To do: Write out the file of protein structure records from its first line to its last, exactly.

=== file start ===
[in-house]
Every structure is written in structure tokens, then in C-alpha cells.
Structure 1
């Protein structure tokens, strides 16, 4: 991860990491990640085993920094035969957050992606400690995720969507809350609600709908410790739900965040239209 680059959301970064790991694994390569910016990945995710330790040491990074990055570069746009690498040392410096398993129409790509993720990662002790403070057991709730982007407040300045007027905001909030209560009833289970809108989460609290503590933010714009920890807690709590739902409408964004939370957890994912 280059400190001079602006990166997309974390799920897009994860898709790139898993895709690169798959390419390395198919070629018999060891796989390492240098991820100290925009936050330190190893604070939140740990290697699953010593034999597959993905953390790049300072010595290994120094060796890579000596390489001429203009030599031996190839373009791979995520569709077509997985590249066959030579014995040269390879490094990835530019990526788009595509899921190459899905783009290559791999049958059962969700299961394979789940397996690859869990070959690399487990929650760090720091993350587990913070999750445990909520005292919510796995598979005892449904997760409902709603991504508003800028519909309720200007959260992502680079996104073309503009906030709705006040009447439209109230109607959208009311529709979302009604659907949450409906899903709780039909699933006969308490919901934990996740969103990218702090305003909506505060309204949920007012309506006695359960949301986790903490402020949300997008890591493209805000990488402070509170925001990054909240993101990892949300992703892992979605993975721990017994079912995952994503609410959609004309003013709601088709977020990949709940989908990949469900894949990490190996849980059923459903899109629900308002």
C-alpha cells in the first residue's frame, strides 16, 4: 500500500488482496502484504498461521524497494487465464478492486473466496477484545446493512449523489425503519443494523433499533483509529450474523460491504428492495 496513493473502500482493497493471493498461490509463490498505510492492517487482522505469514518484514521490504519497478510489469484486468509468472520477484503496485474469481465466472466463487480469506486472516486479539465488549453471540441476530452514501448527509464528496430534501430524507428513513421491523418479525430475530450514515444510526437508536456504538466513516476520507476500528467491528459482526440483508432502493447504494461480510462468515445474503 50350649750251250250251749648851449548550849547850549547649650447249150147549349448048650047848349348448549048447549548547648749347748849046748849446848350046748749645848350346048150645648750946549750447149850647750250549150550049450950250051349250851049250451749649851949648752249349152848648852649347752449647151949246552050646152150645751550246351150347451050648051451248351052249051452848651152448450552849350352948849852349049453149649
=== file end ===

[in-house]
Every structure is written in structure tokens, then in C-alpha cells.
Structure 1
């Protein structure tokens, strides 16, 4: 991860990491990640085993920094035969957050992606400690995720969507809350609600709908410790739900965040239209 680059959301970064790991694994390569910016990945995710330790040491990074990055570069746009690498040392410096398993129409790509993720990662002790403070057991709730982007407040300045007027905001909030209560009833289970809108989460609290503590933010714009920890807690709590739902409408964004939370957890994912 280059400190001079602006990166997309974390799920897009994860898709790139898993895709690169798959390419390395198919070629018999060891796989390492240098991820100290925009936050330190190893604070939140740990290697699953010593034999597959993905953390790049300072010595290994120094060796890579000596390489001429203009030599031996190839373009791979995520569709077509997985590249066959030579014995040269390879490094990835530019990526788009595509899921190459899905783009290559791999049958059962969700299961394979789940397996690859869990070959690399487990929650760090720091993350587990913070999750445990909520005292919510796995598979005892449904997760409902709603991504508003800028519909309720200007959260992502680079996104073309503009906030709705006040009447439209109230109607959208009311529709979302009604659907949450409906899903709780039909699933006969308490919901934990996740969103990218702090305003909506505060309204949920007012309506006695359960949301986790903490402020949300997008890591493209805000990488402070509170925001990054909240993101990892949300992703892992979605993975721990017994079912995952994503609410959609004309003013709601088709977020990949709940989908990949469900894949990490190996849980059923459903899109629900308002």
C-alpha cells in the first residue's frame, strides 16, 4: 500500500488482496502484504498461521524497494487465464478492486473466496477484545446493512449523489425503519443494523433499533483509529450474523460491504428492495 496513493473502500482493497493471493498461490509463490498505510492492517487482522505469514518484514521490504519497478510489469484486468509468472520477484503496485474469481465466472466463487480469506486472516486479539465488549453471540441476530452514501448527509464528496430534501430524507428513513421491523418479525430475530450514515444510526437508536456504538466513516476520507476500528467491528459482526440483508432502493447504494461480510462468515445474503 50350649750251250250251749648851449548550849547850549547649650447249150147549349448048650047848349348448549048447549548547648749347748849046748849446848350046748749645848350346048150645648750946549750447149850647750250549150550049450950250051349250851049250451749649851949648752249349152848648852649347752449647151949246552050646152150645751550246351150347451050648051451248351052249051452848651152448450552849350352948849852349049453149649